Radiation in the environment: Application and Evaluation

Tracing radionuclides in the environment…

There are a number of radionuclides with different origins and physico-chemical properties on the earth. Some already existed 4,600 million years ago when the earth was born (lithogenic radionuclides), while others were produced by interactions of cosmic rays with the nuclei in the atoms of the atmosphere (cosmogenic radionuclides). Human activities have also produced another type of radionuclides, which were accidentally released into the environment (anthropogenic radionuclides). All of these are called “environmental radionuclides”.
Our group is focusing on environmental radionuclides contained in various components like trees, litter as well as soils in forest sites worldwide as natural radiotracers, to elucidate changes in the environment.
For example, we could identify soil homogeneity using lithogenic and long-lived nuclides, 40K (109 years in half-life) and 226Ra (1600 years in half-life), and estimated apparent burial rates using 210Pb and 137Cs emitted from combustion of fossil fuels and accidents of nuclear power facilities in the past, respectively. The latter nuclides are good tracers to assess the degree of (natural and artificial) turbation. The nuclide 210Pb, a progeny of 238U, is used to trace emission sources of atmospheric pollutant lead through investigating its isotope ratio to total lead (210Pb/Pb) in soil.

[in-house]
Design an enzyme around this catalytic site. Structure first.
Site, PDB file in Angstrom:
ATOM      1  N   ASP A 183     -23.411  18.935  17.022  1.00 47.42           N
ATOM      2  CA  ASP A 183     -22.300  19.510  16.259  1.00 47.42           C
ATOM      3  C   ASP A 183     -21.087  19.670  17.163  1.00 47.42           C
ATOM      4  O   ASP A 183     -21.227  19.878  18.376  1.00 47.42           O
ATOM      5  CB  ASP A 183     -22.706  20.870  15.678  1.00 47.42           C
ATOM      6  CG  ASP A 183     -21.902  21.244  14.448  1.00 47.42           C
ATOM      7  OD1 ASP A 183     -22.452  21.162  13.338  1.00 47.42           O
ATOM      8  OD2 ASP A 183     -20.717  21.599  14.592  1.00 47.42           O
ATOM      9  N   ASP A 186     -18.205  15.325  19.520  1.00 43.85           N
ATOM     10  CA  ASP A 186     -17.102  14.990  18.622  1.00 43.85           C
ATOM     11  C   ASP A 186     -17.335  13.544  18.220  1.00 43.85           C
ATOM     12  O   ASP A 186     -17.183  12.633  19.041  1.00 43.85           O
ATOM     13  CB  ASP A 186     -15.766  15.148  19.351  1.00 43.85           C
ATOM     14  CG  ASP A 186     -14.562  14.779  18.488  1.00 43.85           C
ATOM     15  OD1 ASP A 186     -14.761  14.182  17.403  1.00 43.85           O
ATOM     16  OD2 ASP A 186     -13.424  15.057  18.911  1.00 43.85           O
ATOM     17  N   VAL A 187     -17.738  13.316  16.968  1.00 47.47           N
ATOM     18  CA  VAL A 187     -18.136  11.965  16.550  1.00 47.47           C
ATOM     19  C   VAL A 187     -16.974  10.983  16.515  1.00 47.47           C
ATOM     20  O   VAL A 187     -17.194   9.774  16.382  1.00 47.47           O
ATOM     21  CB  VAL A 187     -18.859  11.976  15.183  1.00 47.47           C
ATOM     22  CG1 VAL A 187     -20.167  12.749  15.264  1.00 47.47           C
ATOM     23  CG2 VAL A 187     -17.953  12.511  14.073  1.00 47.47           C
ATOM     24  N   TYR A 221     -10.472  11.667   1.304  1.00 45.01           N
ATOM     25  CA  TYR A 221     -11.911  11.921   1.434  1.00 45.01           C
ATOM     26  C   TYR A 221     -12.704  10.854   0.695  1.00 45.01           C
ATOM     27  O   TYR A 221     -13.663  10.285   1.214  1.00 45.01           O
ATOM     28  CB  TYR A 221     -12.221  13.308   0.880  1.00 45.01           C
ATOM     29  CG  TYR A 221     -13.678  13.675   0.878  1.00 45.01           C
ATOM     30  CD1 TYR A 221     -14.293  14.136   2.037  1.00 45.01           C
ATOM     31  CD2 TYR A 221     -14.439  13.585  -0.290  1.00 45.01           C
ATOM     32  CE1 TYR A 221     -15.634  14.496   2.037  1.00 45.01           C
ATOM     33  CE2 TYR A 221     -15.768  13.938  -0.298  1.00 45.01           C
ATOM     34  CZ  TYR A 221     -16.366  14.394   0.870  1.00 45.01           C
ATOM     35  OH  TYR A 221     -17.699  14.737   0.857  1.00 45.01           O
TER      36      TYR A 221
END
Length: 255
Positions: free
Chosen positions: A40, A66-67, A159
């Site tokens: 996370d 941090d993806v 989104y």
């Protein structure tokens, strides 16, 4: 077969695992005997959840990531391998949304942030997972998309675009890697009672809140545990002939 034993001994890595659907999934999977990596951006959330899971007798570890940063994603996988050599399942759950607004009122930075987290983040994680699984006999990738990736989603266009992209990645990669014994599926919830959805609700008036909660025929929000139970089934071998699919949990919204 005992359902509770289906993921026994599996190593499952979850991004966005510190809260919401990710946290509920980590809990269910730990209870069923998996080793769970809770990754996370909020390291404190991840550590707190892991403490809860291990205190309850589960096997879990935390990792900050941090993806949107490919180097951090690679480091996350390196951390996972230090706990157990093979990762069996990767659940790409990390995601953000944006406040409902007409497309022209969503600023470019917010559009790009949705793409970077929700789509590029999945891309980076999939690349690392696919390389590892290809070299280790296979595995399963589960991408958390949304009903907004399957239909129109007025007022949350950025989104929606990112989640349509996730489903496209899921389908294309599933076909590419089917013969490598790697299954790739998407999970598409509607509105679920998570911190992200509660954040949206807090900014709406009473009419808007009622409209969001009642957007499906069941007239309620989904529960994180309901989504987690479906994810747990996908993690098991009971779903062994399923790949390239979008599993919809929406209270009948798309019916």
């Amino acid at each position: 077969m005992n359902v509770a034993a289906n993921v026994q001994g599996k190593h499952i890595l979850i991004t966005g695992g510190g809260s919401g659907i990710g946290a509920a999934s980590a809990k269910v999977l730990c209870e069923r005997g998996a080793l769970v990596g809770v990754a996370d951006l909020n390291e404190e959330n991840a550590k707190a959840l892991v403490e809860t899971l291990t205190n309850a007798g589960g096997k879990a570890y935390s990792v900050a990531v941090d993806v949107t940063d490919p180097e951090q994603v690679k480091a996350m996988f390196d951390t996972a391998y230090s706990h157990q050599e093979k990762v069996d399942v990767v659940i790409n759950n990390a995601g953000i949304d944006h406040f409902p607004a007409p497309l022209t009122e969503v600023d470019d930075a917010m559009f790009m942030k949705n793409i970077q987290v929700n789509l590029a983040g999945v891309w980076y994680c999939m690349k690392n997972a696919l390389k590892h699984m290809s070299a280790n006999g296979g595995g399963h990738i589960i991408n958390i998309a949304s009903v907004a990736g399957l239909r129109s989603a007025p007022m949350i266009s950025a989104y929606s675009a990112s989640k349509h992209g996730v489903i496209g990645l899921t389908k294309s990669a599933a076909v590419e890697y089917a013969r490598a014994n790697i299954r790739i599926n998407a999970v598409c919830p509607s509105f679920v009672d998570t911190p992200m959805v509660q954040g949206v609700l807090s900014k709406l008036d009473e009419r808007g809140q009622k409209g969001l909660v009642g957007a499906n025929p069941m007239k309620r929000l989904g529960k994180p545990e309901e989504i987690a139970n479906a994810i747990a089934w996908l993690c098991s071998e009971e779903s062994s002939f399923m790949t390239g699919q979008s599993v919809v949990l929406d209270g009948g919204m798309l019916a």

A natural radionuclide, radon (222Rn), a gaseous progeny of 238U, is known as a carcinogen damaging human health in internal exposure. Inhaling 222Rn has serious effects on the human body, especially on the respiratory tract including the lungs. In contrast, 222Rn is a good tracer for elucidating transportation mechanisms of air and water (water vapor) in soil. Carbon dioxide contains ultra-trace amounts of radiocarbon (14C) as well as stable ones (12C and13C) which is useful for elucidating soil air dynamics in forest sites.

  • Hokkaido University Campus(2013.3)

  • Soil profile(Tomakomai Experimental Forest, Hokkaido Univ. 2011.5)

  • Gamma Radiation Survey
    (Norway 2010.9)

  • Ceiba tree(Northern Peru 2004.3)

  • Collecting Soil air CO2
    (Slovenia 2013.9)

  • Radon Intercomparison
    (Czech Republic 2013.9)

  • Hrubý Jeseník
    (Czech Republic 2013.9)

  • Gorišnica(Slovenia 2013.9)